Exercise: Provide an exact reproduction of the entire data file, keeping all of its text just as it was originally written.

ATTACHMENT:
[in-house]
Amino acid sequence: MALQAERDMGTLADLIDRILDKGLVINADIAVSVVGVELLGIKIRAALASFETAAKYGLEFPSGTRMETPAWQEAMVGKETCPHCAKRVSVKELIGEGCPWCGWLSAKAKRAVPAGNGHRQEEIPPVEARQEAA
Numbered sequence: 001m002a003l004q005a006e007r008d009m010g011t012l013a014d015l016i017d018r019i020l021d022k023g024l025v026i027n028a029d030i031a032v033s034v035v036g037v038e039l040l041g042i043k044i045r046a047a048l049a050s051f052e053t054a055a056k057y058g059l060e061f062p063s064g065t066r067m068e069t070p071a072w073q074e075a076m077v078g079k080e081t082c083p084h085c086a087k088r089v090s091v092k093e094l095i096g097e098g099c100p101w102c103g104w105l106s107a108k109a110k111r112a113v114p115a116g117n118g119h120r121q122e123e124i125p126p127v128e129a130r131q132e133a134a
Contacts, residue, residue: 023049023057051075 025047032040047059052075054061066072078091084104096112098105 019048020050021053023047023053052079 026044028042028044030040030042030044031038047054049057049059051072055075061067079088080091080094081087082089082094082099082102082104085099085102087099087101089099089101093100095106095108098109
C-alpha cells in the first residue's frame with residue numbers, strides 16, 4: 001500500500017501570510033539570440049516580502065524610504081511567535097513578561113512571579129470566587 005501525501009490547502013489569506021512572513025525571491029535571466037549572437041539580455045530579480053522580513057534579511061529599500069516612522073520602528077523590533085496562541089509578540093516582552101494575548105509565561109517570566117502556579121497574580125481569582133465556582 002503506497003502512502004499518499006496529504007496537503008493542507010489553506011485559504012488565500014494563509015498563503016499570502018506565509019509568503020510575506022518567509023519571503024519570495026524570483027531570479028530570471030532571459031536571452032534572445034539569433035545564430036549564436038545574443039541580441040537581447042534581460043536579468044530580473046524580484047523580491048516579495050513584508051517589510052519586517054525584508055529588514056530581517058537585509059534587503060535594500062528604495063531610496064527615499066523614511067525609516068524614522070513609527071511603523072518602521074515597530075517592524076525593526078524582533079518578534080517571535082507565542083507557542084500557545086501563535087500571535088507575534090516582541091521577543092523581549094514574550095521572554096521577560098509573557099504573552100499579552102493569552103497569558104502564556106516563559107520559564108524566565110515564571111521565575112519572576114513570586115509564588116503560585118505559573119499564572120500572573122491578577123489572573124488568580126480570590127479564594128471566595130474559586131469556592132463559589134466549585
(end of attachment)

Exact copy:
[in-house]
Amino acid sequence: MALQAERDMGTLADLIDRILDKGLVINADIAVSVVGVELLGIKIRAALASFETAAKYGLEFPSGTRMETPAWQEAMVGKETCPHCAKRVSVKELIGEGCPWCGWLSAKAKRAVPAGNGHRQEEIPPVEARQEAA
Numbered sequence: 001m002a003l004q005a006e007r008d009m010g011t012l013a014d015l016i017d018r019i020l021d022k023g024l025v026i027n028a029d030i031a032v033s034v035v036g037v038e039l040l041g042i043k044i045r046a047a048l049a050s051f052e053t054a055a056k057y058g059l060e061f062p063s064g065t066r067m068e069t070p071a072w073q074e075a076m077v078g079k080e081t082c083p084h085c086a087k088r089v090s091v092k093e094l095i096g097e098g099c100p101w102c103g104w105l106s107a108k109a110k111r112a113v114p115a116g117n118g119h120r121q122e123e124i125p126p127v128e129a130r131q132e133a134a
Contacts, residue, residue: 023049023057051075 025047032040047059052075054061066072078091084104096112098105 019048020050021053023047023053052079 026044028042028044030040030042030044031038047054049057049059051072055075061067079088080091080094081087082089082094082099082102082104085099085102087099087101089099089101093100095106095108098109
C-alpha cells in the first residue's frame with residue numbers, strides 16, 4: 001500500500017501570510033539570440049516580502065524610504081511567535097513578561113512571579129470566587 005501525501009490547502013489569506021512572513025525571491029535571466037549572437041539580455045530579480053522580513057534579511061529599500069516612522073520602528077523590533085496562541089509578540093516582552101494575548105509565561109517570566117502556579121497574580125481569582133465556582 002503506497003502512502004499518499006496529504007496537503008493542507010489553506011485559504012488565500014494563509015498563503016499570502018506565509019509568503020510575506022518567509023519571503024519570495026524570483027531570479028530570471030532571459031536571452032534572445034539569433035545564430036549564436038545574443039541580441040537581447042534581460043536579468044530580473046524580484047523580491048516579495050513584508051517589510052519586517054525584508055529588514056530581517058537585509059534587503060535594500062528604495063531610496064527615499066523614511067525609516068524614522070513609527071511603523072518602521074515597530075517592524076525593526078524582533079518578534080517571535082507565542083507557542084500557545086501563535087500571535088507575534090516582541091521577543092523581549094514574550095521572554096521577560098509573557099504573552100499579552102493569552103497569558104502564556106516563559107520559564108524566565110515564571111521565575112519572576114513570586115509564588116503560585118505559573119499564572120500572573122491578577123489572573124488568580126480570590127479564594128471566595130474559586131469556592132463559589134466549585